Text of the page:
Yeah and the interesting thing is that the record literally maps out that process. It goes from that first initial energy of going through the process of that weirdness of adjusting to a new place and just feeling anxiety and observing everything that was going on around me and the country. There is a song called “Nydia” where I have this cathartic moment where I’m in pain and feeling weird in my own skin. So much is about accepting that things are never going to be perfect or great and the same as with Puerto Rico. It’s both a recognition that this place has its flaws, and I also had deep flaws. And it wasn’t until I was able to really look at them in the eye that I was able to just be like, “I’m cool with this. I’m okay with things not being perfect. I can still thrive even when things aren’t perfect.”

After Hurricane Maria, you co-created the Puerto Rico Independent Musicians and Artists (PRIMA) Fund. This happened in an environment of emergency because artists needed support and assistance. There wasn’t a lot of time to think about details and processes because assistance was needed immediately. That resonates with what is happening now. How was the process of creating this initiative under a state of urgency?

I think everybody just felt so helpless. I remember telling Luis, “Is there really anything that we could do? I really don’t know if we could, do you think this is possible?” I got together with Annie Cordero, who is also a Puerto Rican musician but born and raised in the States, and we just got together and we found a fiscal sponsor quickly and immediately—like within maybe like a month or two of the hurricane hitting—we just started collecting money.

It wasn’t just me and Annie, we were reaching out to a community. Bands from California, Chicago, and Texas, and bands that were either Puerto Rican or that had Puerto Rican members, started doing benefit shows. So this really interesting network was created to support musicians. That’s beautiful. And sometimes you don’t have to do that much. You set up a system and then you use your relationships to get the message out. We already had our band platform and our social media, but we also had PR people and then it just became bigger and bigger. In the first year, we were able to give like around 40 or 50, $500 micro-grants to people. We knew people that didn’t even have money to eat. It was really bad. And musicians don’t have a safety net.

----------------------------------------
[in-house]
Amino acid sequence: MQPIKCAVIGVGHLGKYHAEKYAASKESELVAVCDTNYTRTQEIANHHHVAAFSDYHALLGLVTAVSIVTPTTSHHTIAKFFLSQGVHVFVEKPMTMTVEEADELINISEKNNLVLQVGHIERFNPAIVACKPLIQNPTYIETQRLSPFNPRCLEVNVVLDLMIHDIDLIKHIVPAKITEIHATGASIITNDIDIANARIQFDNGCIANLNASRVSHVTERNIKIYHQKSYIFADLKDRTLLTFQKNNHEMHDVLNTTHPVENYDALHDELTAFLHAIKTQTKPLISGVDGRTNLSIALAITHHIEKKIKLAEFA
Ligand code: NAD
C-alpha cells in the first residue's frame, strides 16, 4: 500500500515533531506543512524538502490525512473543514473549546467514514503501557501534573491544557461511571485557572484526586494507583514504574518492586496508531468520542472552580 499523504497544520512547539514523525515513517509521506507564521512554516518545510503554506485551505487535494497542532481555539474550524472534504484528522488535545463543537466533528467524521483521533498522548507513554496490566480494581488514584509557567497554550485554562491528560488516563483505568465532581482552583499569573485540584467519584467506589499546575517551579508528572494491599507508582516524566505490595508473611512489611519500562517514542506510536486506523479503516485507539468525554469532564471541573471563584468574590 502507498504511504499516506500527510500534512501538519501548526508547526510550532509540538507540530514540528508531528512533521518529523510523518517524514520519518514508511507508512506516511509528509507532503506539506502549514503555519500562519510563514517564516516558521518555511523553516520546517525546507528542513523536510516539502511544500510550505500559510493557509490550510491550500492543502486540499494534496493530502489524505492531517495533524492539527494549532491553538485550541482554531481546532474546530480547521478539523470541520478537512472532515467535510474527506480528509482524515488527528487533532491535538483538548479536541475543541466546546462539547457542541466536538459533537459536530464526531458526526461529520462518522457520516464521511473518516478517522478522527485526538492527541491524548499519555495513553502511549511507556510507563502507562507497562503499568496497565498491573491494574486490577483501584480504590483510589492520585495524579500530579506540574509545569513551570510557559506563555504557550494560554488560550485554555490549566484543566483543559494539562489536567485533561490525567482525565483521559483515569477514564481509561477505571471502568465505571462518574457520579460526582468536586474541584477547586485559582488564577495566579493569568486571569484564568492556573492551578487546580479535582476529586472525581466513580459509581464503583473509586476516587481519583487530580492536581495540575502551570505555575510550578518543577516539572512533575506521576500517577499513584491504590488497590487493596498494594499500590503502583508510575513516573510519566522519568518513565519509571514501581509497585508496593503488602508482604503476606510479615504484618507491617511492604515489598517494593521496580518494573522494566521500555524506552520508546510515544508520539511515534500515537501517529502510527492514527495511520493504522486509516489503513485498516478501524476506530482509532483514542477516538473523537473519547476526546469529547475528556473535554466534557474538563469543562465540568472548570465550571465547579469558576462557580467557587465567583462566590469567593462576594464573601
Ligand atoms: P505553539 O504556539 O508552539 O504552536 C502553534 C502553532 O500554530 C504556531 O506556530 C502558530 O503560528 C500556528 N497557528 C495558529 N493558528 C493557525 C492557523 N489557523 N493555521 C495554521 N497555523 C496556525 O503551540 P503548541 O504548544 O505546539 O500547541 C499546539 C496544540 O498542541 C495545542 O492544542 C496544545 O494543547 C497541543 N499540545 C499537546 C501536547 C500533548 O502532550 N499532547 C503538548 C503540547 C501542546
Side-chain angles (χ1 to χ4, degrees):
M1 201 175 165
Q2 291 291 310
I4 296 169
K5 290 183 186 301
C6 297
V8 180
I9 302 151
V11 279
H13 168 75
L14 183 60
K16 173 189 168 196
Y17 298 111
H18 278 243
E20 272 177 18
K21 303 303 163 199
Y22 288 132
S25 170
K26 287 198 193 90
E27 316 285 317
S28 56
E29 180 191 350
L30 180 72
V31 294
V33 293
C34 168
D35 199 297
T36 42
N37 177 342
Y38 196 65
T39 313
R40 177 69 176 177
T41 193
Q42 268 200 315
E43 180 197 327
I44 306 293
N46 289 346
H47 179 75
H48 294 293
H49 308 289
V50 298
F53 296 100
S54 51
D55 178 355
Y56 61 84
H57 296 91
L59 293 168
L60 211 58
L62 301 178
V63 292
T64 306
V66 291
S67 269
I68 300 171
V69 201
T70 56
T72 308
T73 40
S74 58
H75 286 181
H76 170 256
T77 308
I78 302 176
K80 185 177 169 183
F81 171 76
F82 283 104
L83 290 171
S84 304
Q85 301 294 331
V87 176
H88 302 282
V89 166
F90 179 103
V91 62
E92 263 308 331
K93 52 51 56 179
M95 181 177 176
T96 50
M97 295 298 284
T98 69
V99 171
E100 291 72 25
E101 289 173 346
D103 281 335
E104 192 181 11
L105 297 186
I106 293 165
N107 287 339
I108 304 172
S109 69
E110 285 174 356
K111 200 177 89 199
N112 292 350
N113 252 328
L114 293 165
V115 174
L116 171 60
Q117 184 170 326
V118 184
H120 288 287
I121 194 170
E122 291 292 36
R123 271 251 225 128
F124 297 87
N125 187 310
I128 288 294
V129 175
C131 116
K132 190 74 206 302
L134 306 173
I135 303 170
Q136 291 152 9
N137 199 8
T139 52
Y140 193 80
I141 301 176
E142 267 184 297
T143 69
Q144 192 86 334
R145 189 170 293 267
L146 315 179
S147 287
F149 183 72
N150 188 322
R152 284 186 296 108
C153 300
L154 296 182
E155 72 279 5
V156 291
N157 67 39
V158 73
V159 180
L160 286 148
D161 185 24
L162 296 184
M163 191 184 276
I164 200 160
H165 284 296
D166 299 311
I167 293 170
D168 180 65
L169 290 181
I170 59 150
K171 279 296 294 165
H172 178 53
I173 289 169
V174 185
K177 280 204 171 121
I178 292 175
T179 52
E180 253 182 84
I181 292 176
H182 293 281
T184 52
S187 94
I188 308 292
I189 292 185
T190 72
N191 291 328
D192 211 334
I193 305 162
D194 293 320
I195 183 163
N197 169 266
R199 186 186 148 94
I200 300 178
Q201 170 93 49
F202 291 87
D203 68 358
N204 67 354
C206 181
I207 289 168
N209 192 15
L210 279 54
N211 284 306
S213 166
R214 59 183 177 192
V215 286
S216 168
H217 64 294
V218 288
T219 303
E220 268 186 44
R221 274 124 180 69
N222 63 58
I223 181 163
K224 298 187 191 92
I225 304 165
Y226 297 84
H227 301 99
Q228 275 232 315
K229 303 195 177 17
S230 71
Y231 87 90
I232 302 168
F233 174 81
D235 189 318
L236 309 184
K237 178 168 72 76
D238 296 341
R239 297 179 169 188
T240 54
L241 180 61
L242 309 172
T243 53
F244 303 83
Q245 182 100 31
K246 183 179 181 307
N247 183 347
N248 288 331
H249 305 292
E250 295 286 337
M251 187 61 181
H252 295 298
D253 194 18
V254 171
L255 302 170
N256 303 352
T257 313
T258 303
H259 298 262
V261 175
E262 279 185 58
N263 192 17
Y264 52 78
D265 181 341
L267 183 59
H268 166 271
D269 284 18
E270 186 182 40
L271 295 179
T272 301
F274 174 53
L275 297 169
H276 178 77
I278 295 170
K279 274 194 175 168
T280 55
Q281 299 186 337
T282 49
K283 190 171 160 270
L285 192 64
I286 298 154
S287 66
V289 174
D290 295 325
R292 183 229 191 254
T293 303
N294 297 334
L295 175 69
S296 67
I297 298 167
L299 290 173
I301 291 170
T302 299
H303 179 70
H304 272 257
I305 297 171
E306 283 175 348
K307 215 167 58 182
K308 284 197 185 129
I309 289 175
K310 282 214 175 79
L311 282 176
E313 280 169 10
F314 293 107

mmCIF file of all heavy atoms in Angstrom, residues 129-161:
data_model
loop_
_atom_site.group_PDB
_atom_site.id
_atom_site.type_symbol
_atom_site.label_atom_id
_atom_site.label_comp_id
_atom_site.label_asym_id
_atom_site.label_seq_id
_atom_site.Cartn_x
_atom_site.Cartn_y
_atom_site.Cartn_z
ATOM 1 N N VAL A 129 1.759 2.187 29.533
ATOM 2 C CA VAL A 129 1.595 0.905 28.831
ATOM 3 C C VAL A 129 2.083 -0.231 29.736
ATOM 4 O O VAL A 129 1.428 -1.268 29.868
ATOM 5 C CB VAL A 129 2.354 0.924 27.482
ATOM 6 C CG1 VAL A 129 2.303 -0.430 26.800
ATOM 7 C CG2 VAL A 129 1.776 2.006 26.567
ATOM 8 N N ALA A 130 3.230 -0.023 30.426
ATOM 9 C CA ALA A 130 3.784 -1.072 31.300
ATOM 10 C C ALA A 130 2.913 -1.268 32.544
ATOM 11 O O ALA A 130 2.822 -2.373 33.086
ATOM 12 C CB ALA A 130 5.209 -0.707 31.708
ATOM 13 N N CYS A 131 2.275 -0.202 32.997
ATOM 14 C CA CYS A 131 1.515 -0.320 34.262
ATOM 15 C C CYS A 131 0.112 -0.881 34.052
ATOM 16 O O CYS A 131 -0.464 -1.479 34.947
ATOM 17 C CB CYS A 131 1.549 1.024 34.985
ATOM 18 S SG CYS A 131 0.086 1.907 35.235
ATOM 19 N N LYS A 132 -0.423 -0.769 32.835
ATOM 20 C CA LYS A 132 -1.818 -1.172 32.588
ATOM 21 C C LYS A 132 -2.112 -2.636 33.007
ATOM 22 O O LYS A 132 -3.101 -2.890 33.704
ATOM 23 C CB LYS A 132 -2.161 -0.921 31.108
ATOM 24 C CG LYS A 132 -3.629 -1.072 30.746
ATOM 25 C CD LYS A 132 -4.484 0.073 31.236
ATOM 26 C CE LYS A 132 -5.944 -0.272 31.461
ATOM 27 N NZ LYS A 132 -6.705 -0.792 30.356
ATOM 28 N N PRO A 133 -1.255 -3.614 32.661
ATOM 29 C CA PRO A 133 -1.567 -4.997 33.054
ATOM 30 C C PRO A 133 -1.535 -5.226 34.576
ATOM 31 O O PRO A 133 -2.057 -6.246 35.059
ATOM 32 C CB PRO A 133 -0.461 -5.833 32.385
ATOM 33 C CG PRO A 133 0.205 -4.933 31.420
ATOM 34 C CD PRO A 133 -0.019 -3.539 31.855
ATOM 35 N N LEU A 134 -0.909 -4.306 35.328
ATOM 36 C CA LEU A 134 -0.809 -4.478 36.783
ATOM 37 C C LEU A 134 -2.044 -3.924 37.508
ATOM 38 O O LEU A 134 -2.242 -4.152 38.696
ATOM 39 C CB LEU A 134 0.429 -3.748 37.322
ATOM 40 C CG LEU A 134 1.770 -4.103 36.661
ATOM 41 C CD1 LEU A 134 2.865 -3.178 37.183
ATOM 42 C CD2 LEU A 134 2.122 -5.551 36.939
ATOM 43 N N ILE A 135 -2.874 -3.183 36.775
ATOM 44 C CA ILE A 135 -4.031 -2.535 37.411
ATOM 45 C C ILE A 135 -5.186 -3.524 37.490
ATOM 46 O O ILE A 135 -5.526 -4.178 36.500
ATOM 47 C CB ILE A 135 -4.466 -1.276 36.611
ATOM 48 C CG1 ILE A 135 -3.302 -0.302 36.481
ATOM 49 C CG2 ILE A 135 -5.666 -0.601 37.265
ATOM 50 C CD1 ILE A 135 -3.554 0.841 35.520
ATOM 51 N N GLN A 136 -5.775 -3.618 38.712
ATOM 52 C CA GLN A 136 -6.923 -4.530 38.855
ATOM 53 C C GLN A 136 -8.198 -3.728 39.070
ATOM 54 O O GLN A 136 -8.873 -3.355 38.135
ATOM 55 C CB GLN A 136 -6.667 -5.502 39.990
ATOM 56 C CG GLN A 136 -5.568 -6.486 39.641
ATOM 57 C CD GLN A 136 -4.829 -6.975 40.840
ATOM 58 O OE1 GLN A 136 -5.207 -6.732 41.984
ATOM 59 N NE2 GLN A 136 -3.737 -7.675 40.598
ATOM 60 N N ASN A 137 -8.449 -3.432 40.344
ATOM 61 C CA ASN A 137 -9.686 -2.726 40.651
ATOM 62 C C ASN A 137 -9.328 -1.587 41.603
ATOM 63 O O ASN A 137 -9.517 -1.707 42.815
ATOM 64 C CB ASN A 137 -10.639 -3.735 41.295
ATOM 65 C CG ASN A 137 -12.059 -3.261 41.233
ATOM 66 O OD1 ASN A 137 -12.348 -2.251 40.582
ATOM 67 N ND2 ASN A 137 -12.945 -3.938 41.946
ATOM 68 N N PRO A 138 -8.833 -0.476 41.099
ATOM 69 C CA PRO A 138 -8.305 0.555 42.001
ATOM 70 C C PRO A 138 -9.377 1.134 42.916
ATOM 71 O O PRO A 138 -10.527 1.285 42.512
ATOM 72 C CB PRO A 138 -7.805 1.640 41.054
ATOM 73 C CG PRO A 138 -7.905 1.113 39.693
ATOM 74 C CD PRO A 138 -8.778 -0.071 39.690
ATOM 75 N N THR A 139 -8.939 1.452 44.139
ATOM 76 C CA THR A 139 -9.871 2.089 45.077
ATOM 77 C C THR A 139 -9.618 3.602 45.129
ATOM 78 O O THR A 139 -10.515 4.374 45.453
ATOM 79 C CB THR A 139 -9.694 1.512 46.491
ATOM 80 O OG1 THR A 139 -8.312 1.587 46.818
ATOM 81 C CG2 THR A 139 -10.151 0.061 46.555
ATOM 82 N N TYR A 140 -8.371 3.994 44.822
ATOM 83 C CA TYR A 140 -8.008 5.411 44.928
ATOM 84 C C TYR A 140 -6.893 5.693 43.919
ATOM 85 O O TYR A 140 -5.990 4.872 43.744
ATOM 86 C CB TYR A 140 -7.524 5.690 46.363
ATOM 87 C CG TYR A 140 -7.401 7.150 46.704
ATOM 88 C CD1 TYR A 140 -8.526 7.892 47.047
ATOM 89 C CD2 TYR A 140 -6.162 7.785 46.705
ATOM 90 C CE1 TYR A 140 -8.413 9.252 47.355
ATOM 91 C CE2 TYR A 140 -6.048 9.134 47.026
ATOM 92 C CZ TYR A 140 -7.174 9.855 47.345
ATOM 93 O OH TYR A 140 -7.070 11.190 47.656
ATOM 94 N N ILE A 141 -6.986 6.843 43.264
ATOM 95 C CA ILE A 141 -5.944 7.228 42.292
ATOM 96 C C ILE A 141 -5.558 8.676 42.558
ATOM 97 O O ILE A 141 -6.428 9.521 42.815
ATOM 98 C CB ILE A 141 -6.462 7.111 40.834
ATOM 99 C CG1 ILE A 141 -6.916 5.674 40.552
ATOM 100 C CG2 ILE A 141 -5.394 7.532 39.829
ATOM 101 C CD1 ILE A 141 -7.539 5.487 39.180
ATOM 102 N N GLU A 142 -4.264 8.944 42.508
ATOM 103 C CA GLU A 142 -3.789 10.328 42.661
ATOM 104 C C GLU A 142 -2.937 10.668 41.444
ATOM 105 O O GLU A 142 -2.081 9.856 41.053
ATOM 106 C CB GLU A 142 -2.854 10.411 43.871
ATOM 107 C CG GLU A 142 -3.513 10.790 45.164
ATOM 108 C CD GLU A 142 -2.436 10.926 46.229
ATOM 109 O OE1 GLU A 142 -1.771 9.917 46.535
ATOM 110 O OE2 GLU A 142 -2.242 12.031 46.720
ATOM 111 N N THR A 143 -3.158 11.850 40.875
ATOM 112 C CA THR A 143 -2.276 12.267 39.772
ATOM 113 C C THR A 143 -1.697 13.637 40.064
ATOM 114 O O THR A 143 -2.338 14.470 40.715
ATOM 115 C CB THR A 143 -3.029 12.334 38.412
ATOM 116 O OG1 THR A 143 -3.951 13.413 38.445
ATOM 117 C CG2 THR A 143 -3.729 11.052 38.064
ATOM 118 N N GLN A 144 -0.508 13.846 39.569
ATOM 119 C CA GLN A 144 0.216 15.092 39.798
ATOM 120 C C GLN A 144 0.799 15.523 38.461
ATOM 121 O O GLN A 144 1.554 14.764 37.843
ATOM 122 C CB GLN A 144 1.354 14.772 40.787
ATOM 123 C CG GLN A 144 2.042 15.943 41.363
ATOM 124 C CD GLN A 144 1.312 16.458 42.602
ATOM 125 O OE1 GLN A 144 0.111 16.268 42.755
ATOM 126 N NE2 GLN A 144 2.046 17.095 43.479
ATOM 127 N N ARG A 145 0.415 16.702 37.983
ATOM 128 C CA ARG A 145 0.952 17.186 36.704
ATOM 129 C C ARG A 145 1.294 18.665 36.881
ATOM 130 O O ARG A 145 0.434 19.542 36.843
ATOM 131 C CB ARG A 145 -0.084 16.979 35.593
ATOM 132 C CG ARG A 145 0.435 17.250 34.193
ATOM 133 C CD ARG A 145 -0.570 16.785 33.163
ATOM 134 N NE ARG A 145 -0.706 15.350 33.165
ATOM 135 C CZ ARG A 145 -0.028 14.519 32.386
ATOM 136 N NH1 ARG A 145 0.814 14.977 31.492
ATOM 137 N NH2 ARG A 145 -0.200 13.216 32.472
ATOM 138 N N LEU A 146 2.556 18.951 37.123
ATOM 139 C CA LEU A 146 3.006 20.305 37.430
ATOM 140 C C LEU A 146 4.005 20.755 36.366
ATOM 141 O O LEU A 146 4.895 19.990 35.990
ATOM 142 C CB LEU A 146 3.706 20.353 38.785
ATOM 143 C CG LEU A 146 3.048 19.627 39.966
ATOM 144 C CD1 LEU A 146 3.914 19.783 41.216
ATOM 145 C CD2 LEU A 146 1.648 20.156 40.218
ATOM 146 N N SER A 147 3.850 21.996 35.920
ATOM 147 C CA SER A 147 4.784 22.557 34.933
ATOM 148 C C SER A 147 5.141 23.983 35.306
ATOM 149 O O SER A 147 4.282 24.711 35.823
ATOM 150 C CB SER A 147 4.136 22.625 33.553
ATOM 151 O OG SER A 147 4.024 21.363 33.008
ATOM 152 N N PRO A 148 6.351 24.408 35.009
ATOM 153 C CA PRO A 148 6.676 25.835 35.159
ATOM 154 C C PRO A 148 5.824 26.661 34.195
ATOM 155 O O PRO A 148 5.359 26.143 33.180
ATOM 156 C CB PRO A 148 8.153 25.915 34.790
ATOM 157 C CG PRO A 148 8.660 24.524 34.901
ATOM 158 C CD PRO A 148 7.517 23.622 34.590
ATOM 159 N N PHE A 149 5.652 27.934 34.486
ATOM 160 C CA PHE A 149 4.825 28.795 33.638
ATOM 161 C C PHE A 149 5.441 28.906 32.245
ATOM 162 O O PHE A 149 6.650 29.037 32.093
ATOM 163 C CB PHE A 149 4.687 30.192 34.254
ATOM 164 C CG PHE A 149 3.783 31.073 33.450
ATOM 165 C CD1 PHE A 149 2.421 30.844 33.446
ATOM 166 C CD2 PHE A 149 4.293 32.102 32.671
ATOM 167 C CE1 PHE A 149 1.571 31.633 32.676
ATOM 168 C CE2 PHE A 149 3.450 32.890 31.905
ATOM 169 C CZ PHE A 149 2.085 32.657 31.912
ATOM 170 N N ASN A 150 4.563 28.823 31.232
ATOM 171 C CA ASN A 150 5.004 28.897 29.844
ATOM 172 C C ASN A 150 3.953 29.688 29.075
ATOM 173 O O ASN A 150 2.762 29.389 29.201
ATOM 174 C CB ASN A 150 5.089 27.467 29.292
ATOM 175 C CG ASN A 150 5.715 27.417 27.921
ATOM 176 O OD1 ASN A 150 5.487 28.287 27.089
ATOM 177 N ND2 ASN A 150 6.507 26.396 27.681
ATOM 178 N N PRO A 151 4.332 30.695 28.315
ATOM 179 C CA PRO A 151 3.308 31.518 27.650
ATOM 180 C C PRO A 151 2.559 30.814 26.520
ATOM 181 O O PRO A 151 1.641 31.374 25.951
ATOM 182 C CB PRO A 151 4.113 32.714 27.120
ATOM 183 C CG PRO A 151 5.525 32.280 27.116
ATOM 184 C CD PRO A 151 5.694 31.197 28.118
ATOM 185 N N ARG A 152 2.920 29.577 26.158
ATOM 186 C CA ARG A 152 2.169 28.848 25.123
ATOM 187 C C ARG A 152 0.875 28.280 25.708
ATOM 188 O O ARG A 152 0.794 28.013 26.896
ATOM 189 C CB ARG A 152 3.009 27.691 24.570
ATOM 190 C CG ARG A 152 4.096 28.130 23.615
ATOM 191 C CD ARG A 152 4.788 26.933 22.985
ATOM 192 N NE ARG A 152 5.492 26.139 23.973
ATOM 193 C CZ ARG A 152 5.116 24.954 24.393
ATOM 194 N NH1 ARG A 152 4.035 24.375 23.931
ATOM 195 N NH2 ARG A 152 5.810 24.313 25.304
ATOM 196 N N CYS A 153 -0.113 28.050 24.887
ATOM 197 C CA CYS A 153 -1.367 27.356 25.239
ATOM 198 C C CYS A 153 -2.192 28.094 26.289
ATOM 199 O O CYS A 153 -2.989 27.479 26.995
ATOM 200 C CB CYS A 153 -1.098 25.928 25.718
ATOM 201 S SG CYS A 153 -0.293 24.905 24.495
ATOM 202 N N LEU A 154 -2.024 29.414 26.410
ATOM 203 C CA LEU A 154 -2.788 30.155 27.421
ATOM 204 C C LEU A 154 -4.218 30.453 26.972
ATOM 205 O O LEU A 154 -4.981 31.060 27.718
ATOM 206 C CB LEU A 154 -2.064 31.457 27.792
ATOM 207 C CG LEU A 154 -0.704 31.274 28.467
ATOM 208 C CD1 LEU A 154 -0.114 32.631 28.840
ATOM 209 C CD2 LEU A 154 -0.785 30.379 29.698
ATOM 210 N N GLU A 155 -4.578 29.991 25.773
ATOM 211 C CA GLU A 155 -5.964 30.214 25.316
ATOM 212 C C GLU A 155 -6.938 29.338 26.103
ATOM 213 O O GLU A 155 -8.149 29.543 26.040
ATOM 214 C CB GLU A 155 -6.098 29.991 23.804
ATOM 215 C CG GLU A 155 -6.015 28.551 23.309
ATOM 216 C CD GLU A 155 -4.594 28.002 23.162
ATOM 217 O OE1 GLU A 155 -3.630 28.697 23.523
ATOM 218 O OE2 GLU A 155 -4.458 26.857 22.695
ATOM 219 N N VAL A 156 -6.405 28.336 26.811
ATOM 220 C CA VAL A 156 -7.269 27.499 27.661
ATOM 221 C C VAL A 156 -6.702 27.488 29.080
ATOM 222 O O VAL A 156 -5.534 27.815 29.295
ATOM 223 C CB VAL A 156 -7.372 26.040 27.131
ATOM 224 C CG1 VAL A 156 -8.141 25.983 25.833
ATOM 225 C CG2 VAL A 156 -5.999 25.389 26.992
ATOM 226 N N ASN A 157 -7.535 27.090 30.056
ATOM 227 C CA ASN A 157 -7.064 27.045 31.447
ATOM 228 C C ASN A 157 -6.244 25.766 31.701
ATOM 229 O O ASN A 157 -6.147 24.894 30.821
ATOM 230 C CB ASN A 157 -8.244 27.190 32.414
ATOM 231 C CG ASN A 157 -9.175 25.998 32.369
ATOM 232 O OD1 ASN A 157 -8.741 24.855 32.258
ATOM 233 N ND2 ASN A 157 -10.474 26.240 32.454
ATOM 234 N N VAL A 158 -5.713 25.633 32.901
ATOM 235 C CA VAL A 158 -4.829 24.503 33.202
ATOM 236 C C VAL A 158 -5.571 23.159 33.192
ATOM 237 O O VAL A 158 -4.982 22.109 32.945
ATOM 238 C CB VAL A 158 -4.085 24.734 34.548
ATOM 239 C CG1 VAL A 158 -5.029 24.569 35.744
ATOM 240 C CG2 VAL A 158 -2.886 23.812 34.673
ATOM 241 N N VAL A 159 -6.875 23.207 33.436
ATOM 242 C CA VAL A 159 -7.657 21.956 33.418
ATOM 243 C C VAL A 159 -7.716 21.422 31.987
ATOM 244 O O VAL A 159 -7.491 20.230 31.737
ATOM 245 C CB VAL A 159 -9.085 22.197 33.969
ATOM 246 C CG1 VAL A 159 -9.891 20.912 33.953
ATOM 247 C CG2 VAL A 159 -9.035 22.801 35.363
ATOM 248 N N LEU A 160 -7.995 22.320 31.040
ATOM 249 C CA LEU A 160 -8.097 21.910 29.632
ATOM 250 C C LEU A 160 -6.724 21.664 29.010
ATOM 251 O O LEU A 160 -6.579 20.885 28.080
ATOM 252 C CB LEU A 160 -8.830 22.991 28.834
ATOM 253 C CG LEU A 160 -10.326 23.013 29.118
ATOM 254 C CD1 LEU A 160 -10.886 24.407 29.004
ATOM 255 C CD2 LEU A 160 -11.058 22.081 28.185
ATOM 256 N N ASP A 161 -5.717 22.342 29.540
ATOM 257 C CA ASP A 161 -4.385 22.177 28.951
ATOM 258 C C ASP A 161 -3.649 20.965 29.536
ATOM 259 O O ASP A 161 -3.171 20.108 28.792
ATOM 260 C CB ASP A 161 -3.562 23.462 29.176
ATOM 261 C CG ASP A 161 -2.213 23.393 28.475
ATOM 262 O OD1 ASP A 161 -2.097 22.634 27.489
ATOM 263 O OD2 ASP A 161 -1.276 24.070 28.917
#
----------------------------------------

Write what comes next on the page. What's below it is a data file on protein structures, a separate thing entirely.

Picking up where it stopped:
Is the fund still active?

Yeah, when we have emergencies we activate emergency events or alliances. After the earthquake, we sent out this relief application, and we reach out to alliances and we worked with the Jazz Foundation to provide grants for jazz musicians. When we don’t have emergencies, what we’ve been doing is supporting artists on another level. We were doing this showcase in New York where every summer we would bring two or three bands and we would give them exposure, get them into a press room to promote their new material.

We’ve done events here in Puerto Rico to do fundraising as well. We’re trying to be this organization that supports musicians when things are good and when things are bad; we’re trying to become this active thing and it can be smaller and it could be big depending on where Annie and I are at because it’s totally grassroots. Annie and I don’t make any money off of it. It’s complex, but I think that’s just the world we live in now and these types of things are necessary.

After your experience with PRIMA and working with your network and friends, what do you think artists can do to support themselves and other artists?

We’re in the independent music industry, we don’t have big labels or big live events, or big machinery behind us. That machinery can achieve a lot of things. But in independent music, you only have your music community. it’s just a really different world we live in and making music is just not what it used to be.